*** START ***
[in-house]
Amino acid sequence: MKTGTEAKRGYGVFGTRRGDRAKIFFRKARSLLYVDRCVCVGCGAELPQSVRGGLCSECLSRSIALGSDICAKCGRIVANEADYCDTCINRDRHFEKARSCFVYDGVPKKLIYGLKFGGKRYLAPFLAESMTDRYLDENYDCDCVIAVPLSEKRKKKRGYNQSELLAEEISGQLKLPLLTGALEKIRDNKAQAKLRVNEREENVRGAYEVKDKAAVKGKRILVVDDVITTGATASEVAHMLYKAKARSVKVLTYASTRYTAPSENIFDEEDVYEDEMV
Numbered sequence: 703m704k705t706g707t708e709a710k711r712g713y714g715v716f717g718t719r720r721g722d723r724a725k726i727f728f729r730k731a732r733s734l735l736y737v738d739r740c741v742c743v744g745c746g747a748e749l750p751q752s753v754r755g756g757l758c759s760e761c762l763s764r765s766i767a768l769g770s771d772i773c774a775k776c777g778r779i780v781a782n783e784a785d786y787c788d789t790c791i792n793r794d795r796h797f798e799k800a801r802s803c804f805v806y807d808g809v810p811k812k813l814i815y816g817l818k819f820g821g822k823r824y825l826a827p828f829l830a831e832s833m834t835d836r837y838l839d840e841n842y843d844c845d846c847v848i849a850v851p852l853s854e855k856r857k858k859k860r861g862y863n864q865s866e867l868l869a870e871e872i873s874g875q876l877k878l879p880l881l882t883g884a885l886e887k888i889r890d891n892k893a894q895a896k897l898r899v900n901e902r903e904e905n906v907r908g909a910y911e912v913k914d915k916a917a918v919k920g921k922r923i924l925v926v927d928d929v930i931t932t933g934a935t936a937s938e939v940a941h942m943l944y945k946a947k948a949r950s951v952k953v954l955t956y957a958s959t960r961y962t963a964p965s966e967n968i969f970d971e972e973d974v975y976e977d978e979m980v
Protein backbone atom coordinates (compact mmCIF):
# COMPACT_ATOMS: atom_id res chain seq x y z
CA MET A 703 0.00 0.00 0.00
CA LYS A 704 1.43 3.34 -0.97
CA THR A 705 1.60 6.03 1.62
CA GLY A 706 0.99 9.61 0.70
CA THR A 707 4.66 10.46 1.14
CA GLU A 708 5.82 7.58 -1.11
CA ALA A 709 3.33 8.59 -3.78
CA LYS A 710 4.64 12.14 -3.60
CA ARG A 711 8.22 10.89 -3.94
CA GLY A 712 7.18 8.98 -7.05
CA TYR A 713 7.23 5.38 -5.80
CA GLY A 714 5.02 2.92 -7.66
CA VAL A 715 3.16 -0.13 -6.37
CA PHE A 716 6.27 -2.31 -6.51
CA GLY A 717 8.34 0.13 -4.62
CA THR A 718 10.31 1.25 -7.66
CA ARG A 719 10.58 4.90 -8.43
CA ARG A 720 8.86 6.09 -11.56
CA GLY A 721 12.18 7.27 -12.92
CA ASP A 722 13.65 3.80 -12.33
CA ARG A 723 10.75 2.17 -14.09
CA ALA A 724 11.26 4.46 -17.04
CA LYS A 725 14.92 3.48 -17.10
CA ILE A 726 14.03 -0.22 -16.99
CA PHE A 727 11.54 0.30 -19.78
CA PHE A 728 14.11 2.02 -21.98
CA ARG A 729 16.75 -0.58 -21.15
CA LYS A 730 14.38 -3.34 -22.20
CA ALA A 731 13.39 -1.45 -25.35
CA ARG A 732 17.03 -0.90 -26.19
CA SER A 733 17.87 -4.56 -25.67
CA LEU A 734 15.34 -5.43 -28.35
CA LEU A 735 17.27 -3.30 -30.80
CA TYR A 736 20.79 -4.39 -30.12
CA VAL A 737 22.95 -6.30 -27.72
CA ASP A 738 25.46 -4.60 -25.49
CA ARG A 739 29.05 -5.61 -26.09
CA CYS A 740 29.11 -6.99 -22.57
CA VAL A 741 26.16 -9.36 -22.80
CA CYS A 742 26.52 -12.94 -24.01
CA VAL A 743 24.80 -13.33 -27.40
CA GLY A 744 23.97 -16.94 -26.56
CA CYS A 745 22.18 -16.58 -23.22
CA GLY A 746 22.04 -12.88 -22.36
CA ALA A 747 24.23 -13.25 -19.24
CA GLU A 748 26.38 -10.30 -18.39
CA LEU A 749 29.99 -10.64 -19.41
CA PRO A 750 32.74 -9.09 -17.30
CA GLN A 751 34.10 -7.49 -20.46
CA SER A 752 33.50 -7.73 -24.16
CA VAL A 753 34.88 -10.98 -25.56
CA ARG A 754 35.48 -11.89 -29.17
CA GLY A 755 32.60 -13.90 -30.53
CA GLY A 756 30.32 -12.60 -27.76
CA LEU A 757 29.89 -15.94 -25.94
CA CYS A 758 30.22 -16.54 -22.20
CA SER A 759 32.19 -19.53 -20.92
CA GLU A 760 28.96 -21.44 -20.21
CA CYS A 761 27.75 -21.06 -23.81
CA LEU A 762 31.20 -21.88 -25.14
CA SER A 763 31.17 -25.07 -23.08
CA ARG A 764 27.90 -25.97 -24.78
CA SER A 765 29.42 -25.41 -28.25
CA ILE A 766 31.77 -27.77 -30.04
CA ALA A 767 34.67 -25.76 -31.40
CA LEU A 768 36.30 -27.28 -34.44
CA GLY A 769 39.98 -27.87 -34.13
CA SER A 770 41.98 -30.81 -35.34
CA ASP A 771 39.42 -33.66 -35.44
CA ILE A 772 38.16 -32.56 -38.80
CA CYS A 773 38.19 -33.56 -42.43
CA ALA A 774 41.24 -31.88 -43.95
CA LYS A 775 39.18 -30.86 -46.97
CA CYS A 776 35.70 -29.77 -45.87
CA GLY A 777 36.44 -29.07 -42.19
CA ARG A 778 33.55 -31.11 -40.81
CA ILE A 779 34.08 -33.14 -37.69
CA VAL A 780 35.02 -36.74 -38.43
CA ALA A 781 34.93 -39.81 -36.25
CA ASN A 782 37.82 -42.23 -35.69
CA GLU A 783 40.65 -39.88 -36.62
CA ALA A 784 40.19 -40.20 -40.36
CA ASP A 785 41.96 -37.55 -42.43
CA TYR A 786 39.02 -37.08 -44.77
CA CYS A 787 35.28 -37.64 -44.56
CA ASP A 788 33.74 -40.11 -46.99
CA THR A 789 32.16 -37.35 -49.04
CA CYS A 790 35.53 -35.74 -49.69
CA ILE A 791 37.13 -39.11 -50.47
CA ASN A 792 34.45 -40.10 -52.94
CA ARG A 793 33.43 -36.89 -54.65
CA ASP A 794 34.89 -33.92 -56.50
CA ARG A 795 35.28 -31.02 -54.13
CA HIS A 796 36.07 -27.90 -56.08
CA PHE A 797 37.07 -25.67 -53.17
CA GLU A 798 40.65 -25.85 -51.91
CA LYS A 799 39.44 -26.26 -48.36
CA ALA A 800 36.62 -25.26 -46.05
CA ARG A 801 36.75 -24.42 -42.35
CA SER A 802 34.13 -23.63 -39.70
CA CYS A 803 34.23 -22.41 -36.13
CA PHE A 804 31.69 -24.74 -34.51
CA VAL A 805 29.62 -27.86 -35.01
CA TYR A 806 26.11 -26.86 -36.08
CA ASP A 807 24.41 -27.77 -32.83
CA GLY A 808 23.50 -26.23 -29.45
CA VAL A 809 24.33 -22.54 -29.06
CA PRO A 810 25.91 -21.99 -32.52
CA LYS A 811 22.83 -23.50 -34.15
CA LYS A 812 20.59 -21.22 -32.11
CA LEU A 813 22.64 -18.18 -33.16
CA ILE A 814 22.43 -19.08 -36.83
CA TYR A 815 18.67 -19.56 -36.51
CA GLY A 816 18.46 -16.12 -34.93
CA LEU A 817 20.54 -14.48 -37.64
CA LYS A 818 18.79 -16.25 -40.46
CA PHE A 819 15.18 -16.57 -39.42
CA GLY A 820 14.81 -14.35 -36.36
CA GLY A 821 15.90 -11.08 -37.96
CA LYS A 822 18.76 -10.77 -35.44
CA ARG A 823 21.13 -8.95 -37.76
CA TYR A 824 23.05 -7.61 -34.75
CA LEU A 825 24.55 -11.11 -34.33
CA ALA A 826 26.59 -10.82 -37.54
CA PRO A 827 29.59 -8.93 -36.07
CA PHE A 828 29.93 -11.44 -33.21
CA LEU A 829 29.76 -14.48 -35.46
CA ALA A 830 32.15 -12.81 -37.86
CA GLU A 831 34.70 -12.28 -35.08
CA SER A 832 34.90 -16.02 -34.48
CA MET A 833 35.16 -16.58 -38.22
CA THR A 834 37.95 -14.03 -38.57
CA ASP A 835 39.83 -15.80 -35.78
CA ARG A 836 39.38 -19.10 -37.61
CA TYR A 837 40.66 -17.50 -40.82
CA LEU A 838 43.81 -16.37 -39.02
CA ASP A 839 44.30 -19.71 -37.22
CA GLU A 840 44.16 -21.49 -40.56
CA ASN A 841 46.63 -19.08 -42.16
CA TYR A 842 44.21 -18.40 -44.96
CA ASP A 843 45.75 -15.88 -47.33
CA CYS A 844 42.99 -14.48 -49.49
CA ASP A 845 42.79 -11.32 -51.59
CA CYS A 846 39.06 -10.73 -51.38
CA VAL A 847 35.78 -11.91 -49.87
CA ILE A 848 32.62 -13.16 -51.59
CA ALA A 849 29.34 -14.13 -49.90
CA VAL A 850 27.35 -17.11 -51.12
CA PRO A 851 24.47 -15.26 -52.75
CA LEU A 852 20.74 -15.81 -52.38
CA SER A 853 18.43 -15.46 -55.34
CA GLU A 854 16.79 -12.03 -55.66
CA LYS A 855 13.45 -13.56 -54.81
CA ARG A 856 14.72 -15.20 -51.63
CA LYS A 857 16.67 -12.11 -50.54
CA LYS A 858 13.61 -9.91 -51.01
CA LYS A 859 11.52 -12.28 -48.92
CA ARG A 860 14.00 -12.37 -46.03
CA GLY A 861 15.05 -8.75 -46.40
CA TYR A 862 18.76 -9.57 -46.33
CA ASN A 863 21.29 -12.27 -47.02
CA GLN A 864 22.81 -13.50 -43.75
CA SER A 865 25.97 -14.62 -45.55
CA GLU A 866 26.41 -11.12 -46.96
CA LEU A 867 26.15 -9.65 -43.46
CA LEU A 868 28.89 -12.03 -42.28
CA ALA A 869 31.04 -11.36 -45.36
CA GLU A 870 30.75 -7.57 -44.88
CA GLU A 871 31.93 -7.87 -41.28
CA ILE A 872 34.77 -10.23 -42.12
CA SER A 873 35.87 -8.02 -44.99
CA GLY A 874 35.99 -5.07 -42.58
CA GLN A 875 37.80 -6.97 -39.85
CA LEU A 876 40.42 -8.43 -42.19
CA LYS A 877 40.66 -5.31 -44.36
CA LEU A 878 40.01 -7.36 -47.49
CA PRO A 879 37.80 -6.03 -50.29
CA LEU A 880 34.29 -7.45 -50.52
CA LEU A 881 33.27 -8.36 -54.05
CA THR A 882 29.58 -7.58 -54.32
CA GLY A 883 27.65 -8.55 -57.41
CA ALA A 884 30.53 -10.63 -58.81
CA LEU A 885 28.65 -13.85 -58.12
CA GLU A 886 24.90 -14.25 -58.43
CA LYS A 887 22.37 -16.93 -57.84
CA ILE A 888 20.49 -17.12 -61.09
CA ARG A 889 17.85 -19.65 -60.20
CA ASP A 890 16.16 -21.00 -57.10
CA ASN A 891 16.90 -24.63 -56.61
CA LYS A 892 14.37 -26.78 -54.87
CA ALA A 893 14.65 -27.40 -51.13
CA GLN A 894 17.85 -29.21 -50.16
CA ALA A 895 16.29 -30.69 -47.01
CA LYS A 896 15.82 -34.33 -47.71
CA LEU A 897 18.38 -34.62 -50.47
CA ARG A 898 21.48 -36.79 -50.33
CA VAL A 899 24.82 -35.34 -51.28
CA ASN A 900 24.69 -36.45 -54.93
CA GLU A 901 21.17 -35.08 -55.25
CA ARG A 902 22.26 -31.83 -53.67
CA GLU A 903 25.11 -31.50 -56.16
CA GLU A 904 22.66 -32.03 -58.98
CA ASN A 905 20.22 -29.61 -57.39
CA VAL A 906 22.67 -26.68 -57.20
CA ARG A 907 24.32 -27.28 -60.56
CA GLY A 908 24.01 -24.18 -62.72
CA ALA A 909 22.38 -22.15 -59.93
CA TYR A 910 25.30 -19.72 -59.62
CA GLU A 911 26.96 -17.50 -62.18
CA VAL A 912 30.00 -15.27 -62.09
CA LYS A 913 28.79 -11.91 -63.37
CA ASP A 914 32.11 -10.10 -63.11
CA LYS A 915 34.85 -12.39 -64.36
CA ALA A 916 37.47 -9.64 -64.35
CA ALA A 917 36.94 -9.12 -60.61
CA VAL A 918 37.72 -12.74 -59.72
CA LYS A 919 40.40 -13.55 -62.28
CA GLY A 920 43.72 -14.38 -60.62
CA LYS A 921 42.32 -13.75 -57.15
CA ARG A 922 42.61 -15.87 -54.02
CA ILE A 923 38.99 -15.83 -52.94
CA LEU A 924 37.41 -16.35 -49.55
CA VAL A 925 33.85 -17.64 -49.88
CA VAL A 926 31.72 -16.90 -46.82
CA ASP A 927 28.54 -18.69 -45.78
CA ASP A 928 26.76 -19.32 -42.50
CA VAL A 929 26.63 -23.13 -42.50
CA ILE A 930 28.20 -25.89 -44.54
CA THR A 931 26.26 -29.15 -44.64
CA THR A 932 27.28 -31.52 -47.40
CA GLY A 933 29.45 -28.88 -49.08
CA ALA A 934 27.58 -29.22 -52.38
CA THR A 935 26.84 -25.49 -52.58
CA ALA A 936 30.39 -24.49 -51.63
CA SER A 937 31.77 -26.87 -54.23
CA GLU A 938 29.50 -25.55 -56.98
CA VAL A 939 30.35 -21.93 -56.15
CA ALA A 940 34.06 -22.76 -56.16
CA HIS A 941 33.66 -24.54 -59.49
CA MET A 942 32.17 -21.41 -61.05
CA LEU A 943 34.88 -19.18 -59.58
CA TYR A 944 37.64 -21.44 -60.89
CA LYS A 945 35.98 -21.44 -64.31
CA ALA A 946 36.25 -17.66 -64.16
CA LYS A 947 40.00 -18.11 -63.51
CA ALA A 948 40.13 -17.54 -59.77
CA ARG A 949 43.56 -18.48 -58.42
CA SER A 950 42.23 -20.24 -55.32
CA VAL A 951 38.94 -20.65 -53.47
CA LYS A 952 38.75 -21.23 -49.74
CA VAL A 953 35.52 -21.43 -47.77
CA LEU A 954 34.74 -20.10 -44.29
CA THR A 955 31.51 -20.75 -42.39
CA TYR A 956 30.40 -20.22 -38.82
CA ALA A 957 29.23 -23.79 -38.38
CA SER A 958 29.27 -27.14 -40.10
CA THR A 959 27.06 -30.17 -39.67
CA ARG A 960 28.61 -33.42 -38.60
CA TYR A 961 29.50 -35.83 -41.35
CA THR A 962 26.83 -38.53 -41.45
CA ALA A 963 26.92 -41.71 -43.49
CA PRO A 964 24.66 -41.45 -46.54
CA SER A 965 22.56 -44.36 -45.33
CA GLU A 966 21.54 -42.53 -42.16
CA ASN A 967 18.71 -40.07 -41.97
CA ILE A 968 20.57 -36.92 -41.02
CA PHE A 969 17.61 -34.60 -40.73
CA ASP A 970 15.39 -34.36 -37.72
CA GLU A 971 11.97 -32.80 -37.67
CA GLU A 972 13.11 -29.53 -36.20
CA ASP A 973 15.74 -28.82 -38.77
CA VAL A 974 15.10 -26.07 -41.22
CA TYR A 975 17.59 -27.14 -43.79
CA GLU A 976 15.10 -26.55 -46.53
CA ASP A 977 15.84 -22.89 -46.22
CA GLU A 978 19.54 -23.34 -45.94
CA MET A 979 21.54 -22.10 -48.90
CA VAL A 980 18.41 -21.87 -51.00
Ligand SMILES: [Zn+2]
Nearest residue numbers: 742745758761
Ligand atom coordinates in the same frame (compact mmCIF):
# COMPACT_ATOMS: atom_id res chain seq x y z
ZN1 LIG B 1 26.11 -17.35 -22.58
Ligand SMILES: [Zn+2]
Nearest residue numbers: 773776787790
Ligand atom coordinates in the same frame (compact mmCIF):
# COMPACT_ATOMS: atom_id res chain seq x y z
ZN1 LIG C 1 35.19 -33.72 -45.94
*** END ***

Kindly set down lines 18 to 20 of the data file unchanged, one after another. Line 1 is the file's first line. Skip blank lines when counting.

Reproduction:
CA VAL A 715 3.16 -0.13 -6.37
CA PHE A 716 6.27 -2.31 -6.51
CA GLY A 717 8.34 0.13 -4.62